To combat credit card theft, SMBs should use data encryption and two factor authentication (e.g. requiring an extra step such as an email or text reply to complete a transaction). Merchants also can minimize the risk of credit card theft by using secure e-payment services such as PayPal, so credit card information is never exposed.
A common practice is to place a magnetic card reader at an ATM or credit card reader to make an illicit copy of every transaction. The newer EMV chip card readers are designed to help eliminate this problem. In fact, credit card companies are now requiring EMV card readers of all merchants to minimize credit card fraud.
This is a very common form of attack that plagues many Connecticut businesses. Criminals create a mirror of a business site using a phony Web address so rather than logging in to a legitimate e-commerce site, customers log in to the phony site. This scheme redirects the user to the legitimate website but captures all transaction information in the process.
Infections can be introduced from any number of sources, such as email attachments, file downloads, and infected web sites. Once infected, the malware can log screens or keystrokes and send information back to a hacker across the Internet, or compromise our data in any number of ways.
Protecting Your SMB Data
These are just a few of the ways that hackers steal personal information, and here are a few steps that SMBs can take to protect customer data:
Develop a defense plan – Be sure you are prepared in the event of a data breach. You should have a contingency plan to backup and protect your own data, and to protect customer information.
Stay current – Be sure that all your systems and software are up to date. Software patches often contain security fixes as well as big fixes to resolve known security weaknesses.
Encrypt your data – Data encryption is the best way to protect your data. Even if a hacker manages to get access to customer information, encrypted data will be useless to them.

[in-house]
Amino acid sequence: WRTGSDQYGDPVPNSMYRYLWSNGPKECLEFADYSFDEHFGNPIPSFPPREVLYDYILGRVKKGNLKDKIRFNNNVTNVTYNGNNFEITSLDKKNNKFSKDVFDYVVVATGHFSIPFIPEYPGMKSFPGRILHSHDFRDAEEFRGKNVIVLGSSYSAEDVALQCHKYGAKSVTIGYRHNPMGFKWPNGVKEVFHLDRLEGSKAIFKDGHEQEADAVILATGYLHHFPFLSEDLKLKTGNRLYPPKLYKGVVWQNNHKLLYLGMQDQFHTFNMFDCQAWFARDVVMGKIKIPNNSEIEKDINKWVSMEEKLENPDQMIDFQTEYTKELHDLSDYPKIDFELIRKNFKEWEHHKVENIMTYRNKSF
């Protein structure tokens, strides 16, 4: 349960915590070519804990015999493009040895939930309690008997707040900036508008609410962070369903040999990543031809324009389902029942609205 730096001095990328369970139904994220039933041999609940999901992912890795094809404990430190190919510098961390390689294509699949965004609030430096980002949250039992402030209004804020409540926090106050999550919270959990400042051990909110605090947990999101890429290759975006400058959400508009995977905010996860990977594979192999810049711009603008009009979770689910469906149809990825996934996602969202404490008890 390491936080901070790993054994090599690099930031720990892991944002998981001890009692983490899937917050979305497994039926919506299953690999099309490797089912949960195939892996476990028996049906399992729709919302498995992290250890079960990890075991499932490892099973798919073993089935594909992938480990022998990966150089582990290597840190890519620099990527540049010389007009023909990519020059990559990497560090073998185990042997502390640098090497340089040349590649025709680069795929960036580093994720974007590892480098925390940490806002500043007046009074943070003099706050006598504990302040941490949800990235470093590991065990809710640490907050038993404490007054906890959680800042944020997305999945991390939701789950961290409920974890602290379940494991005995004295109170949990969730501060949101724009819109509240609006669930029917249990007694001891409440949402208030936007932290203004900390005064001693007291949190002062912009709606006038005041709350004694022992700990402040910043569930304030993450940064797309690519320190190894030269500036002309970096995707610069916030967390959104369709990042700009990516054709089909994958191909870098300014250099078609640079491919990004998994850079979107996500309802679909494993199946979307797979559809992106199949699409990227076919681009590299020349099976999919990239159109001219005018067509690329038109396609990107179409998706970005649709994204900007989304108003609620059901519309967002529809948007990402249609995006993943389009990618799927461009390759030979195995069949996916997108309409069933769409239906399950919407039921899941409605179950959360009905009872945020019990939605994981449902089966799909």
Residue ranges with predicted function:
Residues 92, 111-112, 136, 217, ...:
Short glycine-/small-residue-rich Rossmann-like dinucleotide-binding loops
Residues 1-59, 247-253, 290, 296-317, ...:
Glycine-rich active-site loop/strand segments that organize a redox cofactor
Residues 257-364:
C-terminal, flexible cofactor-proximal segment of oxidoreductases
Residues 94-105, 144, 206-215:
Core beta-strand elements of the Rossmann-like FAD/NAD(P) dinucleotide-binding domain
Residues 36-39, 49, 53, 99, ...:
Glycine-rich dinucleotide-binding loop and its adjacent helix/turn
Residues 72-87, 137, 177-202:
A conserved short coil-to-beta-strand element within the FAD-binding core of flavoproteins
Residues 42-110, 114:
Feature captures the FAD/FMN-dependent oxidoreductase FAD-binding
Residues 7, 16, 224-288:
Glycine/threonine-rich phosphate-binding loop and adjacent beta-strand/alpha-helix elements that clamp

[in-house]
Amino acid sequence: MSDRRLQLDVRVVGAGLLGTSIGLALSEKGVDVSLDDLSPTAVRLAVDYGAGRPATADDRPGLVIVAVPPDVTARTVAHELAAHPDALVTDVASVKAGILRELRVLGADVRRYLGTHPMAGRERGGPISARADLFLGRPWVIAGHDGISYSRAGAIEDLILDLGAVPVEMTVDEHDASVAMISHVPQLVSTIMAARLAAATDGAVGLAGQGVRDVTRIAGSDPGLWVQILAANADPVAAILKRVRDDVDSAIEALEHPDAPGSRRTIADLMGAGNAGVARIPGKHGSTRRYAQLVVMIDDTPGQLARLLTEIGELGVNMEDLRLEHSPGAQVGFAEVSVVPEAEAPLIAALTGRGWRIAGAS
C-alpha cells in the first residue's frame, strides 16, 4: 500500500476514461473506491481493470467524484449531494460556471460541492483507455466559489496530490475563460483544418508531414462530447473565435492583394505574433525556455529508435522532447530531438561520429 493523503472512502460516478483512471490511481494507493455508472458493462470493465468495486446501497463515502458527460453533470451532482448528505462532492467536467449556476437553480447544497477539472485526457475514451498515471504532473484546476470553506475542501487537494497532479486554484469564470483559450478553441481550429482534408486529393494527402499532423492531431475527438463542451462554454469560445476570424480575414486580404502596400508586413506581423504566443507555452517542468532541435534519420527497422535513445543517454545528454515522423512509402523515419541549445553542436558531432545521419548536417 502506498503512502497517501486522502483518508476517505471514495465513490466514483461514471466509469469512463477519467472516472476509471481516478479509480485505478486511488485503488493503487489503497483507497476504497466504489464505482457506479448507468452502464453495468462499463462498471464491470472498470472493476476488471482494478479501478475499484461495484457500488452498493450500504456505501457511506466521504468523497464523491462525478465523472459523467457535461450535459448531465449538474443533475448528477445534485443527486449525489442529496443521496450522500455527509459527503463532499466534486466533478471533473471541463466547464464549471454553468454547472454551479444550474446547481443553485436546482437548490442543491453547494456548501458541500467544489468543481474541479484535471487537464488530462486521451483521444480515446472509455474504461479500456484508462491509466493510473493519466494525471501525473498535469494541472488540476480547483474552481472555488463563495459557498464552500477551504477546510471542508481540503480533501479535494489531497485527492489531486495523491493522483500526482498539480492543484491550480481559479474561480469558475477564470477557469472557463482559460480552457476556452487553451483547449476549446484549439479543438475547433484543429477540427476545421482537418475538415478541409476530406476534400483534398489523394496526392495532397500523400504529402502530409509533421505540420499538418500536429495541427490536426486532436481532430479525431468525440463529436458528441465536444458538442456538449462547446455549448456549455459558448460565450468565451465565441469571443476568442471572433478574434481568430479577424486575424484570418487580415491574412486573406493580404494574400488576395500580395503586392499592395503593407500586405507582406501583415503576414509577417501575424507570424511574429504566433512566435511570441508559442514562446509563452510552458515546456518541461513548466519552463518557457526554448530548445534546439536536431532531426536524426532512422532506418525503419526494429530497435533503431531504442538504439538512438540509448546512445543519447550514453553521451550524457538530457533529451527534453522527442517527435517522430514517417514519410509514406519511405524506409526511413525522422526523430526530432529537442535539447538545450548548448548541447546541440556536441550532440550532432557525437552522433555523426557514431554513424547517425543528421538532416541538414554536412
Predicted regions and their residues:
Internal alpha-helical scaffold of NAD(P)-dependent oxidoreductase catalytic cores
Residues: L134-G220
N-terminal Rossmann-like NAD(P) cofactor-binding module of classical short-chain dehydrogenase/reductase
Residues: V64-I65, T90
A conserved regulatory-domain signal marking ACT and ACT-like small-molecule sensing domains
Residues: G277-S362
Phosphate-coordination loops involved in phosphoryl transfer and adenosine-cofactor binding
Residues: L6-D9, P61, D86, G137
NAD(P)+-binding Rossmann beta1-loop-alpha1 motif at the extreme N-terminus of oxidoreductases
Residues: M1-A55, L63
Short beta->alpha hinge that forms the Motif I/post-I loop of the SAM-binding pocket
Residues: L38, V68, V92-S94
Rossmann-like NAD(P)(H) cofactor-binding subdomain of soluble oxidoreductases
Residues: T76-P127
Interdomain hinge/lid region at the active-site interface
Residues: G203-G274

Monitor your network – Keep a close eye on network traffic and look for unusual activities and anomalies. There are many telltales of a cyberattack and not all of them are detected by security software.
Be proactive with customers – Help customers protect themselves. Adopt payment systems such as PayPal that protect personal information. Use two-factor authentication for login to ensure customers are legitimate. And provide helpful hints to help customers keep personal data safe.
Get expert help – A managed services company can be an invaluable resource for system security. For example, NSI provides off-site security monitoring as well as systems backup and other services to protect our customers’ systems. We also provide a security audit and make recommendations to help you protect sensitive data.
Every business owner needs to take data security seriously, and Connecticut SMBs in particular need to be careful to protect customer identity to prevent costly fines and remediation steps. When it comes to data security, it pays to be proactive because cleaning up the mess once customer data is stolen can be costly.